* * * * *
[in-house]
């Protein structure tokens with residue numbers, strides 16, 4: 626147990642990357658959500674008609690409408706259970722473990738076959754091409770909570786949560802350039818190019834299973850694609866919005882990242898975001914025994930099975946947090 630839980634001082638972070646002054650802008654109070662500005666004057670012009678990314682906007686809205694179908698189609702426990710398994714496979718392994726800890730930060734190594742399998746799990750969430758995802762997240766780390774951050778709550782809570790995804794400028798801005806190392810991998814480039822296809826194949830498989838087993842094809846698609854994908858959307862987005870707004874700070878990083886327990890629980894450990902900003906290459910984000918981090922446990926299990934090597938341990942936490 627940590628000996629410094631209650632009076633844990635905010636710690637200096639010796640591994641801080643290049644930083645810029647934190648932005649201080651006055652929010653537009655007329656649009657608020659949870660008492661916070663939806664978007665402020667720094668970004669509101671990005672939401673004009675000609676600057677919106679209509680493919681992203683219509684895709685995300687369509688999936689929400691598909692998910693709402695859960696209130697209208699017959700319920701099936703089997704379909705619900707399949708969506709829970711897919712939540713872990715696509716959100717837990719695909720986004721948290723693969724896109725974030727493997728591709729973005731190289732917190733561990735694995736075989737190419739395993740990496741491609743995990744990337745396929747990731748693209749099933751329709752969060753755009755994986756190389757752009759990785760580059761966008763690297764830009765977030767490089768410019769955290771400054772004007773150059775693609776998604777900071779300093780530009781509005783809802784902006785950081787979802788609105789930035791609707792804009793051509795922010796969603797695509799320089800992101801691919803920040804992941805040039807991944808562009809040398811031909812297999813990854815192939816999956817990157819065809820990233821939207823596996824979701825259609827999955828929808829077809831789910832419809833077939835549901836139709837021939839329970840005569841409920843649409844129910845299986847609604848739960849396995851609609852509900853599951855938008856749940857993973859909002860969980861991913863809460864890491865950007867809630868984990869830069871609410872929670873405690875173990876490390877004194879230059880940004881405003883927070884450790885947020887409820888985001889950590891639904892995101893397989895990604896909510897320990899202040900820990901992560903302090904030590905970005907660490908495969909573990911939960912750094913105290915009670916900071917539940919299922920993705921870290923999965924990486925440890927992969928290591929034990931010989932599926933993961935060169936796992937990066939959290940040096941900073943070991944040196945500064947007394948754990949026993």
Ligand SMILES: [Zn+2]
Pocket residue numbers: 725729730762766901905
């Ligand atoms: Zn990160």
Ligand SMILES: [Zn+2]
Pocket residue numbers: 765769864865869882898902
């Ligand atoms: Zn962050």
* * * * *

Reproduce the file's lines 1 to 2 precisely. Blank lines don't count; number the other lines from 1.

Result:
[in-house]
């Protein structure tokens with residue numbers, strides 16, 4: 626147990642990357658959500674008609690409408706259970722473990738076959754091409770909570786949560802350039818190019834299973850694609866919005882990242898975001914025994930099975946947090 630839980634001082638972070646002054650802008654109070662500005666004057670012009678990314682906007686809205694179908698189609702426990710398994714496979718392994726800890730930060734190594742399998746799990750969430758995802762997240766780390774951050778709550782809570790995804794400028798801005806190392810991998814480039822296809826194949830498989838087993842094809846698609854994908858959307862987005870707004874700070878990083886327990890629980894450990902900003906290459910984000918981090922446990926299990934090597938341990942936490 627940590628000996629410094631209650632009076633844990635905010636710690637200096639010796640591994641801080643290049644930083645810029647934190648932005649201080651006055652929010653537009655007329656649009657608020659949870660008492661916070663939806664978007665402020667720094668970004669509101671990005672939401673004009675000609676600057677919106679209509680493919681992203683219509684895709685995300687369509688999936689929400691598909692998910693709402695859960696209130697209208699017959700319920701099936703089997704379909705619900707399949708969506709829970711897919712939540713872990715696509716959100717837990719695909720986004721948290723693969724896109725974030727493997728591709729973005731190289732917190733561990735694995736075989737190419739395993740990496741491609743995990744990337745396929747990731748693209749099933751329709752969060753755009755994986756190389757752009759990785760580059761966008763690297764830009765977030767490089768410019769955290771400054772004007773150059775693609776998604777900071779300093780530009781509005783809802784902006785950081787979802788609105789930035791609707792804009793051509795922010796969603797695509799320089800992101801691919803920040804992941805040039807991944808562009809040398811031909812297999813990854815192939816999956817990157819065809820990233821939207823596996824979701825259609827999955828929808829077809831789910832419809833077939835549901836139709837021939839329970840005569841409920843649409844129910845299986847609604848739960849396995851609609852509900853599951855938008856749940857993973859909002860969980861991913863809460864890491865950007867809630868984990869830069871609410872929670873405690875173990876490390877004194879230059880940004881405003883927070884450790885947020887409820888985001889950590891639904892995101893397989895990604896909510897320990899202040900820990901992560903302090904030590905970005907660490908495969909573990911939960912750094913105290915009670916900071917539940919299922920993705921870290923999965924990486925440890927992969928290591929034990931010989932599926933993961935060169936796992937990066939959290940040096941900073943070991944040196945500064947007394948754990949026993």